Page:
Lug it or leave it: Baggage drop goes DIY

Weighing up the benefits: A time-saver for you or cost-cutter for airlines?

Story highlights

  • Iberia is first European airline to allow passengers to print own luggage tags
  • Process could be seen as time-saving for customers and cost-saving for airlines
  • British Airways and U.S. airlines also experimenting with self tagged bags

Under the guise of making check-in as seamless a process as possible, airlines have strived to put as much in the hands of the passenger as possible. The baggage-drop has been the one sticky area that continues to demand a level of interaction with staff. That is slated to become a thing of the past, however, as more carriers opt to handover that responsibility to flyers.

Last month, Iberia launched MyBagTag, a system of print-at-home luggage tags aimed at shaving minutes off the check-in process. Iberia is the first European carrier to introduce such a process.

"It's like the fast track at McDonald's," says Dimitris Bountolos, Iberia's customer experience director.

"Everything is more or less organized by the customer. They manage themselves, and it allows us to manage them faster."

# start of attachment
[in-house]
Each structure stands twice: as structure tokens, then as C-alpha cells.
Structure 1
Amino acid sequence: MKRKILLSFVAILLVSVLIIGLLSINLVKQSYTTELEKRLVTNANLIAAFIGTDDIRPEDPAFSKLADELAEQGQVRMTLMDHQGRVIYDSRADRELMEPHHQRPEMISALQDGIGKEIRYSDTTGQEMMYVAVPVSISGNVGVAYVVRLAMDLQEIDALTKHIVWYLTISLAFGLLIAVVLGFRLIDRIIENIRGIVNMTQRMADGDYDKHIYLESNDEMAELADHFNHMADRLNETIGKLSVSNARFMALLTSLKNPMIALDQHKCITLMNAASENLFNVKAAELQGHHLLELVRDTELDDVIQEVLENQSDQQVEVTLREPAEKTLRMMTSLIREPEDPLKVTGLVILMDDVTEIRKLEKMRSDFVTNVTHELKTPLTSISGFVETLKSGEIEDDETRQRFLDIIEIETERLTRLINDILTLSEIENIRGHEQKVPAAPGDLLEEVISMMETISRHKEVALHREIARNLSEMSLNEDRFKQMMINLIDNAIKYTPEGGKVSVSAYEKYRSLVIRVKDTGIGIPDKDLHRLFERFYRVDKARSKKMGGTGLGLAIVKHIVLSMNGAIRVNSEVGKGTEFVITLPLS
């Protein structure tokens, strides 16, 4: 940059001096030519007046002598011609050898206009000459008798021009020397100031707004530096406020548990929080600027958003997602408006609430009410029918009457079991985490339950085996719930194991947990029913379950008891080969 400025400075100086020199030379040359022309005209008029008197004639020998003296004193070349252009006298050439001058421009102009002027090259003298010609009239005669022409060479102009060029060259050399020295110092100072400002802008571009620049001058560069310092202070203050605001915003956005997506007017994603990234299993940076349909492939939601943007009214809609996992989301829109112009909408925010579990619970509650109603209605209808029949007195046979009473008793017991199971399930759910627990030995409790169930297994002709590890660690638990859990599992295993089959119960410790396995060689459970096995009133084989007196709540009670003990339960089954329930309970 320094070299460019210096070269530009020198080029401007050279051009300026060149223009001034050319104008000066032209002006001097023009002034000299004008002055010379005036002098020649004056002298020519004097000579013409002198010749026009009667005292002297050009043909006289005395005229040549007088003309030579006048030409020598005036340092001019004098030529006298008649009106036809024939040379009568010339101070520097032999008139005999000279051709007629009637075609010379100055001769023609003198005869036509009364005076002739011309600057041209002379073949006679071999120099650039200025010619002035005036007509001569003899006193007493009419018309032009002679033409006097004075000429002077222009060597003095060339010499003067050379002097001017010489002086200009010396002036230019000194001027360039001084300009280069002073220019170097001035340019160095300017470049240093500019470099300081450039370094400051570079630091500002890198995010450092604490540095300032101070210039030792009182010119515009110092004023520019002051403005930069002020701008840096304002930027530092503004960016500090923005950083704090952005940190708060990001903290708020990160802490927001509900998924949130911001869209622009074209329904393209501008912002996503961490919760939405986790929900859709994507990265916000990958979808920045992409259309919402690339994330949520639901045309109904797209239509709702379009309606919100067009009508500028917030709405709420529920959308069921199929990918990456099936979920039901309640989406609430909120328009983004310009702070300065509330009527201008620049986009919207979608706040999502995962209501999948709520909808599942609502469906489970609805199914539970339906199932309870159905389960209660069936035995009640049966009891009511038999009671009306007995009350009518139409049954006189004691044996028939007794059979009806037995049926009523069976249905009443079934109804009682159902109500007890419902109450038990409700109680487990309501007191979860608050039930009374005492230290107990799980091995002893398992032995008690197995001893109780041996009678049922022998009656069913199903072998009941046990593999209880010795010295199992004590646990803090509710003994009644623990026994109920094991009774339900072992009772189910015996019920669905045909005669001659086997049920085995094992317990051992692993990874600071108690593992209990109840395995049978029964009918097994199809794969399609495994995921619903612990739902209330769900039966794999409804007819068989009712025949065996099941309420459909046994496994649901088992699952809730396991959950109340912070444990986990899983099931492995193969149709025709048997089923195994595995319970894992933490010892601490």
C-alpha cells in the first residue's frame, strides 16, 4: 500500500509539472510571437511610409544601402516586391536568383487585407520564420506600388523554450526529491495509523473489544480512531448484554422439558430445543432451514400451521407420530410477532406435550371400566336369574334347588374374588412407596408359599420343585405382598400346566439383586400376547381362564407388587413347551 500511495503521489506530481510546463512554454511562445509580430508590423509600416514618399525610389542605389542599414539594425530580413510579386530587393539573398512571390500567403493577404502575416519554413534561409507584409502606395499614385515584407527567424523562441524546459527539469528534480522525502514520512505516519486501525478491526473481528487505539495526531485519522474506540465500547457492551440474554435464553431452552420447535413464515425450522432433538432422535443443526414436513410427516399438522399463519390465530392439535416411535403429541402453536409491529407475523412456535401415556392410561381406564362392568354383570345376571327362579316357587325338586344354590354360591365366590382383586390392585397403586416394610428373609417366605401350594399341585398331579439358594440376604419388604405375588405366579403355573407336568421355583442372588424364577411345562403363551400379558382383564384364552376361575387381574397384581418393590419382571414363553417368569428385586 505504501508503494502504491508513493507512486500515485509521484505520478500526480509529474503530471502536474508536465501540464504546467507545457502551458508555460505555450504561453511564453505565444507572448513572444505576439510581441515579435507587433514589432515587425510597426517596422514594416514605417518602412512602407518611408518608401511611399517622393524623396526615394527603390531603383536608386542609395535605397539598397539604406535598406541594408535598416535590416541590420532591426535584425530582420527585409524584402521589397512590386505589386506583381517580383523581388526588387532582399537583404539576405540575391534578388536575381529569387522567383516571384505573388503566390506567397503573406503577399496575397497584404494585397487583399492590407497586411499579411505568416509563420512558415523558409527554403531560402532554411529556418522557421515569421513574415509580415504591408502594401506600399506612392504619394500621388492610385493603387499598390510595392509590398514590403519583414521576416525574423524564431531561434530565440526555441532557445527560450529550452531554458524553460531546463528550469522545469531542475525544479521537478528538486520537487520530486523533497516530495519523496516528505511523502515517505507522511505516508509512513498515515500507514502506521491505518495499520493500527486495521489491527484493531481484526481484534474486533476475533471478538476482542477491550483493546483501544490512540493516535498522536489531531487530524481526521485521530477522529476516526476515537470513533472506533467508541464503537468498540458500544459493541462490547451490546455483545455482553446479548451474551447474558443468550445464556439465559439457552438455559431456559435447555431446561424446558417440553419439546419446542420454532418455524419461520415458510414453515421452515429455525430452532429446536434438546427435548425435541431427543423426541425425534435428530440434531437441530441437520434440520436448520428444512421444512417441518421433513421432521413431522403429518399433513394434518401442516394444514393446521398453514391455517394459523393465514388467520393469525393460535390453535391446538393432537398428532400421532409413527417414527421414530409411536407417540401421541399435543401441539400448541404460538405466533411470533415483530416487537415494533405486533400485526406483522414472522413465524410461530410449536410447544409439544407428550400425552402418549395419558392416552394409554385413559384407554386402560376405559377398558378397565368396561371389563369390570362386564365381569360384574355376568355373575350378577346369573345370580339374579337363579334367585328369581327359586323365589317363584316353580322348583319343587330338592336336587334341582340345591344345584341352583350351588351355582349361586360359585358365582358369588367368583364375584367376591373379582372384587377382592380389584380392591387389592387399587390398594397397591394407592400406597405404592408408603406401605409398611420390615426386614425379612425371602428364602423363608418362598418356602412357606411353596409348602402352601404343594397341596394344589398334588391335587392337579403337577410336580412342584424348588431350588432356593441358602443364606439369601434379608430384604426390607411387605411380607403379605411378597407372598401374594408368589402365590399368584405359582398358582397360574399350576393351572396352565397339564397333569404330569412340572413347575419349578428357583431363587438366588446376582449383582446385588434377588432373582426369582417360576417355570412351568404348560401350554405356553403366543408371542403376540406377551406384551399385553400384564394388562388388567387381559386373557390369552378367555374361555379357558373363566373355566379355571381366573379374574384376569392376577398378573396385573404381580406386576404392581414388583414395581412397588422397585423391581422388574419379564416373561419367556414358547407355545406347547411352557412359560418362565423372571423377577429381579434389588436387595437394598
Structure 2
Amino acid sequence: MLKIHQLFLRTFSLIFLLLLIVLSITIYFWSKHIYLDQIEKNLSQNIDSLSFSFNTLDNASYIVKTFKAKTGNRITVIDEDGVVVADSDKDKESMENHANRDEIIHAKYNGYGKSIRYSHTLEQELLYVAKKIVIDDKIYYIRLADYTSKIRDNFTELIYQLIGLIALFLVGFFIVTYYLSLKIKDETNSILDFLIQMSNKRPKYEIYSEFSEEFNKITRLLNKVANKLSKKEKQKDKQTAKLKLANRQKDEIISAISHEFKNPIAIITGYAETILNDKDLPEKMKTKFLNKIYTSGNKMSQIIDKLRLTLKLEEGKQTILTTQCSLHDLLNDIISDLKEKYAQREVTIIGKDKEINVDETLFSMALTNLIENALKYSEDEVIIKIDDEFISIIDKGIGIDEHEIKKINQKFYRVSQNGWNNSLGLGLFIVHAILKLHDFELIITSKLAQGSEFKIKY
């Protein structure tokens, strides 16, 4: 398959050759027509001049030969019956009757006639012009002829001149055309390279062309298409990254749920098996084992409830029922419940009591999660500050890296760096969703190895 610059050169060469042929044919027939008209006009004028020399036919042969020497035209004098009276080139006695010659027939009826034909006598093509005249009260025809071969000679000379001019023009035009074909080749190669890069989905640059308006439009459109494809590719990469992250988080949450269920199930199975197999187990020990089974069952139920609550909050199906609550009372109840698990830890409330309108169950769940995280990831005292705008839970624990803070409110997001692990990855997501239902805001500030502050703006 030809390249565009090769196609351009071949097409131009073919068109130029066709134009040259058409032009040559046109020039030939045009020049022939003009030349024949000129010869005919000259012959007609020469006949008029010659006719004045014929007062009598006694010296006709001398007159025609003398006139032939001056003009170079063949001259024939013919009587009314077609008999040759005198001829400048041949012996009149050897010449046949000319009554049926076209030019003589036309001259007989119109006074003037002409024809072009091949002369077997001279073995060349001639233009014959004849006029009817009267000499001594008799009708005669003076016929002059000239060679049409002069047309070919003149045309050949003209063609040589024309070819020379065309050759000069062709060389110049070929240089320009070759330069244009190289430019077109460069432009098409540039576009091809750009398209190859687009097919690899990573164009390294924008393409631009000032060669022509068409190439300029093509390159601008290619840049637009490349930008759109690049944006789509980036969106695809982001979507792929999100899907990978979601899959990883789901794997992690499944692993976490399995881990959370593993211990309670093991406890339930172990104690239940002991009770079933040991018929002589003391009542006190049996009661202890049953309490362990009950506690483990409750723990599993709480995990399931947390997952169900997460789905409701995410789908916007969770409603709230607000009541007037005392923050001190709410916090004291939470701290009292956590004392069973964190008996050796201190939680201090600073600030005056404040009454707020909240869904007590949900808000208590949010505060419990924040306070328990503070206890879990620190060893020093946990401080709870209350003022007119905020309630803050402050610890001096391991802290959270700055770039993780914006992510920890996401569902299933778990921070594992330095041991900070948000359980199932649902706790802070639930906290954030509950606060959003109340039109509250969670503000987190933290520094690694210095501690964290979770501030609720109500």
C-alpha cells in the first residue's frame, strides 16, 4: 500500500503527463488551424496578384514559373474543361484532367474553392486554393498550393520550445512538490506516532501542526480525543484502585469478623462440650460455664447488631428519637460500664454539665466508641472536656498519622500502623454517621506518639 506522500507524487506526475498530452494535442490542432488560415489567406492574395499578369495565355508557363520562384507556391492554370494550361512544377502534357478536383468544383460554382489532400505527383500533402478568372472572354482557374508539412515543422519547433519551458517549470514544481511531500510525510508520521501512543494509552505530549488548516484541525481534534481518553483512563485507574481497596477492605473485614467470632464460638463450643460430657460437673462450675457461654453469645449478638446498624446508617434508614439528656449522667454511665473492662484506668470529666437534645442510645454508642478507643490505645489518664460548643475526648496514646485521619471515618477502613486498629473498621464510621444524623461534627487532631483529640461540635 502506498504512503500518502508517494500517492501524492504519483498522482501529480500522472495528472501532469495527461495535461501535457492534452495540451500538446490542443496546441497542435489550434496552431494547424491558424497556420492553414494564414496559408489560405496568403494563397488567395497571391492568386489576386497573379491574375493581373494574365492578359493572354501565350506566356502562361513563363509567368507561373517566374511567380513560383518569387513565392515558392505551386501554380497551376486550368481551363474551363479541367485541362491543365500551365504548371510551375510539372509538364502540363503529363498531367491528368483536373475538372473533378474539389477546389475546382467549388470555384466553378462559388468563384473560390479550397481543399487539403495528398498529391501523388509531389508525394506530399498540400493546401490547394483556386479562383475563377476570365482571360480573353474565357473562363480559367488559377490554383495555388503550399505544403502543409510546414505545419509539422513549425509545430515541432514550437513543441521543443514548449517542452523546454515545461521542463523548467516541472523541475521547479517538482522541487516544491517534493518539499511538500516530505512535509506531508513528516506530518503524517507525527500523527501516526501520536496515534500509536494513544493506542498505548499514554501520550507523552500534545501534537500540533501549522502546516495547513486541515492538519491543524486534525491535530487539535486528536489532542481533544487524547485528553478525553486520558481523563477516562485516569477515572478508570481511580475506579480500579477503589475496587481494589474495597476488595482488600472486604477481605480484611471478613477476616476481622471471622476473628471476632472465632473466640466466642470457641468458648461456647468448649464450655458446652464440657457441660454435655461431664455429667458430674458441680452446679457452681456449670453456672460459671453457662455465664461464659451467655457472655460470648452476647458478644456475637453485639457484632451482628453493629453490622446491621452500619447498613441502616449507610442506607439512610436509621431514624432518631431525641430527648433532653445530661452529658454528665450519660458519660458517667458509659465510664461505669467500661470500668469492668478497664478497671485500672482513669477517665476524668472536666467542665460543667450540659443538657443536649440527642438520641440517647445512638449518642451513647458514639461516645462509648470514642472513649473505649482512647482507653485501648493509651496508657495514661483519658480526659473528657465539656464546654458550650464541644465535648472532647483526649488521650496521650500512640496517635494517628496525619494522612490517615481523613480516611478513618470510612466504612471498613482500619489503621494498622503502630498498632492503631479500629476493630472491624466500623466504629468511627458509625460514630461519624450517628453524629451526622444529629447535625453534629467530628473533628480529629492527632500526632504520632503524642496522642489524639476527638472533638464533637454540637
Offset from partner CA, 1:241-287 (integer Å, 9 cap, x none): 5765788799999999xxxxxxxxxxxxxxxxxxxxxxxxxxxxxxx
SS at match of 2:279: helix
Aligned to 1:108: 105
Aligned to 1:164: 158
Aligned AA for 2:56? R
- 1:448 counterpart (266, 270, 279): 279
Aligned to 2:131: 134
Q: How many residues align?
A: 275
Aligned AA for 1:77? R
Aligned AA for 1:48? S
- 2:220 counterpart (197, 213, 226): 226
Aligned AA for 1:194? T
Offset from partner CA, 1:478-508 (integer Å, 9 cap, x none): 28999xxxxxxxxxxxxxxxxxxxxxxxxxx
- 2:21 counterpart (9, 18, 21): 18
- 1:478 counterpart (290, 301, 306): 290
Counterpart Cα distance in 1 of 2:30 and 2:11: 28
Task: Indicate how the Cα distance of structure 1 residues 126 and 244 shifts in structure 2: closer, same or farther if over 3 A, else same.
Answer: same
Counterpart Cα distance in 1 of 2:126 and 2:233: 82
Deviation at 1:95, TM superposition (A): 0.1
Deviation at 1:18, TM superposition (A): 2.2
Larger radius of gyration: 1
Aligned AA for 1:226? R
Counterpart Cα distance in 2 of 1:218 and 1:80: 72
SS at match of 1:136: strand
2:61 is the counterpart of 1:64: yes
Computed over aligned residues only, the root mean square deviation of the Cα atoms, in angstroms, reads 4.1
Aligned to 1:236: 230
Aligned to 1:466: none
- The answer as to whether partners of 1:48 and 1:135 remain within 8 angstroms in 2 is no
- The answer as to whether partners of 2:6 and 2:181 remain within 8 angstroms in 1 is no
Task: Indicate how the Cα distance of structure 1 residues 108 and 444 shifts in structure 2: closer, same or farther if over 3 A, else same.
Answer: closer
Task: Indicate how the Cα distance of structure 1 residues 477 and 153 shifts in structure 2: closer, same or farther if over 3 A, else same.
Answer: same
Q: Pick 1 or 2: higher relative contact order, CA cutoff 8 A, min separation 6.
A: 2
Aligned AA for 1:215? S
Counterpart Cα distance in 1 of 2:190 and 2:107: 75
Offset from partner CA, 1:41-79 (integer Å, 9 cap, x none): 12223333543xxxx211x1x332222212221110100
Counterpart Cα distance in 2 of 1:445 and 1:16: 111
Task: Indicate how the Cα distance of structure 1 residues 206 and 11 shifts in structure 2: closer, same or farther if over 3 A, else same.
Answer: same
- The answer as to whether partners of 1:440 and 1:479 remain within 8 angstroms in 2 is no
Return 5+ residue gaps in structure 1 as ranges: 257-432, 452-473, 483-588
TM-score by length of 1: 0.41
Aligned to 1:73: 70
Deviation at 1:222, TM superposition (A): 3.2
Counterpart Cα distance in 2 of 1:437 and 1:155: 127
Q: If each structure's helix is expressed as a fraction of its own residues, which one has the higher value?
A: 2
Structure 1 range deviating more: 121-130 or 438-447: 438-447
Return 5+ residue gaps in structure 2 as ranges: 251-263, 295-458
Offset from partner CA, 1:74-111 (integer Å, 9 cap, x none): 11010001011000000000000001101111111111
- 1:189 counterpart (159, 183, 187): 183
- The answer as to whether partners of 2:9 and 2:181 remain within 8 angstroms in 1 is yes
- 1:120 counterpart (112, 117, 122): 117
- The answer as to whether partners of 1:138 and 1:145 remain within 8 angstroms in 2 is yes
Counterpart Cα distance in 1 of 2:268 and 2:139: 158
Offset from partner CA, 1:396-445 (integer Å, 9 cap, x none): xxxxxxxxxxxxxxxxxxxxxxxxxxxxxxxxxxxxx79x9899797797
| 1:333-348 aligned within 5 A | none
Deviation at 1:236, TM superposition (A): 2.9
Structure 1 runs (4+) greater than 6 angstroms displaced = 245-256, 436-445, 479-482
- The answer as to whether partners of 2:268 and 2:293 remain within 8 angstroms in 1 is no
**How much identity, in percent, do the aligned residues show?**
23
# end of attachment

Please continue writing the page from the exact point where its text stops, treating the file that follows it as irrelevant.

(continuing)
Passengers weigh their bags at home, fill in the weight and measurements online, then print out the tags on an A4 piece of paper, which they fold in fourths and stick in a reusable plastic sheaths (available for free at any Spanish airport). The extra effort at home pays off, says Bountolos.

Bag to the future: British Airways' e-ink reusable luggage tag.

"Traditionally, we get congested during the summer season. Customers can wait ten to 15 minutes to check in their bags," he explains. "We've brought that down to 30 seconds per customer."

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A handful of other airlines have been experimenting with self-bag tag over the last year. Alaska Airlines, American and Air Canada are a few of the carriers that have started to set up bag tag kiosks throughout a handful of airports. More are expected to embrace the concept in the next few years.

"It's a trend we'll see broadly across the industry over the next ten to 20 years," says Hunter Keay, a senior airline analyst at Wolfe Research.

"It certainly reduced the bottleneck at check-in, though ultimately it's about reducing costs for the airlines," he says. A savings, he adds, that could ultimately be passed on to customers.

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British Airways, meanwhile, has taken a more technical approach, and is planning to introduce reusable electronic baggage tags by January 2015. The tags, in Kindle fashion, use e-ink, and customers upload their travel itinerary by checking-in using British Airways' smartphone app and holding their phones over the tag. Once at the airport, they can then drop-off their bags and go.

"It's not just about saving time, but giving customers choice," says Finola O'Sullivan, Birtish Airways' customer service delivery manager. Though she estimates the times savings are little more than a minute, it's the psychology of the thing that flyers value.

"When they're doing things themselves, it feels like time passes quicker than when they're standing around waiting for somebody," she says.

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